Fix this with the fake waves back to the house as you leave and then a fake phone call, speaking in Thai, when you are in the Taxi. Pretend to talk to someone in the house and tell them there is food in the fridge and to be careful of the dog :-)
For the window guards, if they are held on with screws and you can’t get them riveted. Loosen the screws and put some heavy duty glue on before re-tightening. Then scratch off the centre of the head, so the screw cannot be undone again. (Alex W).
Home Theft Prevention
Thailand
Always read these pages to stay ahead of the game on scams, but have never had one of my own to share until now.
My Thai wife got a call on her phone from a company claiming that someone had used her ID to buy items on credit in Bangkok. We have not been to Bangkok for years. They were able to quote her ID number and said they wanted her address so that they could send her a form to take to the Police station.
It didn't add up to me - how did they get her phone number? It’s not on an ID card. And the number they called from looked like a normal mobile number and the company name wasn’t clear.
Plus I never trust shops and banks with identity fraud. They just care about getting their money from someone. If you are not careful you end up getting the bill and then having to try and prove it wasn’t you. Not easy.
Fortunately she didn't give away any address details and the more we thought about it the more suspicious it was.
She reported the phone call to the Police here, who said the person probably got a photocopy of her ID card from when we had filled out a form (including telephone number) to stay in a hotel or rent a car. They were now 'fishing' for enough information to try and get a loan from a bank or credit, in my wife's name. Classic identity fraud.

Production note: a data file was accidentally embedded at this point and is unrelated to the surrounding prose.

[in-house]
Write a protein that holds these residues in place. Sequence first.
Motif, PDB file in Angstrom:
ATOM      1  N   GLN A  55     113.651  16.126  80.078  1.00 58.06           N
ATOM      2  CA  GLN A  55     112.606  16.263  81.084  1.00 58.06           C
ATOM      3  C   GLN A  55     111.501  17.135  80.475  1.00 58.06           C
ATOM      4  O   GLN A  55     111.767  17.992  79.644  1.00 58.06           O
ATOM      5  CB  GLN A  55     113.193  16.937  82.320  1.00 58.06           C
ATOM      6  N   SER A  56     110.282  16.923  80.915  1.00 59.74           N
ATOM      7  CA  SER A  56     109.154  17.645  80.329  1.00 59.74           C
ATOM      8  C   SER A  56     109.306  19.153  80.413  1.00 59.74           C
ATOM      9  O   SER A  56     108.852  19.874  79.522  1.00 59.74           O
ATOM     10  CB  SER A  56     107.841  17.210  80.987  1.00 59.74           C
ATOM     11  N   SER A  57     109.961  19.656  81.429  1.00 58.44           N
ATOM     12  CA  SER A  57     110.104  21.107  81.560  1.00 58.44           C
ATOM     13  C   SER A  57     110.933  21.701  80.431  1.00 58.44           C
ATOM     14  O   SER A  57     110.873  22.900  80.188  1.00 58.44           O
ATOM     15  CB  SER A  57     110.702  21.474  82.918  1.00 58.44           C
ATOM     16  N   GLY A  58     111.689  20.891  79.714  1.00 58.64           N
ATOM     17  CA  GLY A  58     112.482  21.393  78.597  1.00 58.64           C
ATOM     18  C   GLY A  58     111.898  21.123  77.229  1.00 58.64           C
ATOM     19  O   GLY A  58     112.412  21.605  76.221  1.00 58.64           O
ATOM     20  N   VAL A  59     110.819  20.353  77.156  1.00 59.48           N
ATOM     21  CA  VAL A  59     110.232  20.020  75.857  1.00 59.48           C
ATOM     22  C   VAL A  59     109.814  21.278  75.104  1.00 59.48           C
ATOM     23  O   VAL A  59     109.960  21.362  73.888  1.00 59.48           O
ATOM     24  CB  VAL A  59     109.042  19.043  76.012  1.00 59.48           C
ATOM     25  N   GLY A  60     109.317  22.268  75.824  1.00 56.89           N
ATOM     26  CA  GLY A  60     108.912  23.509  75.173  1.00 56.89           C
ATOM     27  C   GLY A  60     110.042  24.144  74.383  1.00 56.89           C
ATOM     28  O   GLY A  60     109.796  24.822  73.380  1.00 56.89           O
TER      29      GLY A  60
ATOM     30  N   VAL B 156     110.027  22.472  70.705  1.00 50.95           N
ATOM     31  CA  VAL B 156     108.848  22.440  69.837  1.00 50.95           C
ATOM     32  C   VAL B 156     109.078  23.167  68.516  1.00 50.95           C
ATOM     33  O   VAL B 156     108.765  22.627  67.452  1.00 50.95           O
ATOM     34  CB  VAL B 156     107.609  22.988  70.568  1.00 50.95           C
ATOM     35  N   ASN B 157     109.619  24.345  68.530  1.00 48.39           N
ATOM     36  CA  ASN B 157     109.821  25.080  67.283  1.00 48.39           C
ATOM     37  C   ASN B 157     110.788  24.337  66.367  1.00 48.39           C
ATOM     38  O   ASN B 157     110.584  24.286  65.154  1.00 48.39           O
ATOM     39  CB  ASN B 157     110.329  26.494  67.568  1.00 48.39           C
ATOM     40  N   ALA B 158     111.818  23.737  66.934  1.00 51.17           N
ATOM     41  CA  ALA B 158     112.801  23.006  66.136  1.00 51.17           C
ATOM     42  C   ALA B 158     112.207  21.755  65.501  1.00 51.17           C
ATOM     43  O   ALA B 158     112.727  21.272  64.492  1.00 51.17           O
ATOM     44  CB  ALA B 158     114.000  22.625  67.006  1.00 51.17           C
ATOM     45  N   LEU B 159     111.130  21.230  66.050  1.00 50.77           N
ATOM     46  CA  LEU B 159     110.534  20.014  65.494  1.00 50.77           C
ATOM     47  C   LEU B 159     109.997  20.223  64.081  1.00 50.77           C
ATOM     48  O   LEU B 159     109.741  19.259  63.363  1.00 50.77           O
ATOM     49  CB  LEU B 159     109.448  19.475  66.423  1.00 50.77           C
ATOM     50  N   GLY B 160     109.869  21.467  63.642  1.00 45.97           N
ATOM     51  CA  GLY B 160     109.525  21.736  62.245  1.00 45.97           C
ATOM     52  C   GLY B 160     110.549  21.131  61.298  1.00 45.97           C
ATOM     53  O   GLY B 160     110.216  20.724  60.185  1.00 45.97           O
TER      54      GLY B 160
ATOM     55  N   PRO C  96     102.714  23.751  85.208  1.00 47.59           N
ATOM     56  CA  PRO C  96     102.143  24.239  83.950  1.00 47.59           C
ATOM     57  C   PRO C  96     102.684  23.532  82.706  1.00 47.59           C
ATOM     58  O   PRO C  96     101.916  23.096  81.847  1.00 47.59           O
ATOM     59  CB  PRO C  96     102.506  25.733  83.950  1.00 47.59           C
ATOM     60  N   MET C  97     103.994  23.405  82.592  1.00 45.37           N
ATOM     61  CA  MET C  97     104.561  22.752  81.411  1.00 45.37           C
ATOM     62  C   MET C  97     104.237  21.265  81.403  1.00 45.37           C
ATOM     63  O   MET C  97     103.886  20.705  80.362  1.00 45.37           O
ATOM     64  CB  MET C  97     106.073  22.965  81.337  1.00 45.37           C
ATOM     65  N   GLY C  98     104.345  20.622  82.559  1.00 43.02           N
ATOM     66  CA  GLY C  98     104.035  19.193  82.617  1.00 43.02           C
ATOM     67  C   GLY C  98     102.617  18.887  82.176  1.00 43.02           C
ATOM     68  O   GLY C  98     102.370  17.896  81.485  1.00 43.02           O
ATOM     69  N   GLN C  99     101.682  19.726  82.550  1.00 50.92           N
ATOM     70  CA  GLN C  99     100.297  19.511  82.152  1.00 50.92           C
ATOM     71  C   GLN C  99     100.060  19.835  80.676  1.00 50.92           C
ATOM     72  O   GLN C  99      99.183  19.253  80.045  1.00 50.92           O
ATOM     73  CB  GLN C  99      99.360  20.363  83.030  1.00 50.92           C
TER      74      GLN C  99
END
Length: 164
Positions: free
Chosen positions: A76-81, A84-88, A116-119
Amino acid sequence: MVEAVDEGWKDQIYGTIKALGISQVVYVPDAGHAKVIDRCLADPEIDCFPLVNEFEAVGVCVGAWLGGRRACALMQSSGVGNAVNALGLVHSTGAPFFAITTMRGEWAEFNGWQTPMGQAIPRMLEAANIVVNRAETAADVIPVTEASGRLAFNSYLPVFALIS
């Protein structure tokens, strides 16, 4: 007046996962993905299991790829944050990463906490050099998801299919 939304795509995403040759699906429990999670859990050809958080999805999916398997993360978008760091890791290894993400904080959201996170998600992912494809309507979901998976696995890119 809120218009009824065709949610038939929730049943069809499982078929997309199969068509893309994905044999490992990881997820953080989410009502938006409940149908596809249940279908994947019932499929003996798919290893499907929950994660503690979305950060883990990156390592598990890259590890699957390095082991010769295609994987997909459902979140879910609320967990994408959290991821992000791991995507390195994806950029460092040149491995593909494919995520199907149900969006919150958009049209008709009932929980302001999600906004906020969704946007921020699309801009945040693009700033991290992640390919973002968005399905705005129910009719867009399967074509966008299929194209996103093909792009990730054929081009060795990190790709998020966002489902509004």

The tale about a letter to take to the Police was just to try and find out my wife’s address. Once they got the address they’d probably try for more. Date of birth and other details.
Despite having the phone number of this person, it doesn't sound like the Police will follow it up. Their advice? "As long as you don't pay for something you did not buy it's ok." Genius! (Tony G.R.)
Identity fraud
Kuala Lumpur - Malaysia
Bag snatches from cars are a growing concern here in KL. When there are traffic jams, watch out for motorbike riders going between the cars. If they see a bag on the car seat they can break a window, reach inside and be gone in seconds.
This has happened to a close family member of mine. After speaking to the police the main action to stop it happening again was:
*Put reflective film on the window so thieves cannot see inside the car.
*Put a coating inside the window so even when it is broken the glass doesn’t fall away, so no-one can reach inside. The problem with this is that if you need to get out of the window after an accident it’s difficult so don’t put on all the windows.
Also never leave any computer equipment inside a car, even if it is hidden from view. Thieves carry hand-held scanners that can tell if electronic equipment is inside the car.
Theft protection

Everyone knows to be careful when walking with your bags, but a lot of people (locals and tourists) drop their guard when they are riding motorcycles.
In many places in Asia, including Vietnam and Thailand, a well-known tactic by bag snatch thieves is to ride around (two of them on a bike) looking for victims on other motorcycles.
The person on the back grabs the bag as you are riding. Because your main concern is not to crash the motorcycle it’s easier to get the bag from you. Avoid badly lit roads, put your rucksack on both shoulders and keep handbags hidden when riding. (Kelly Watson).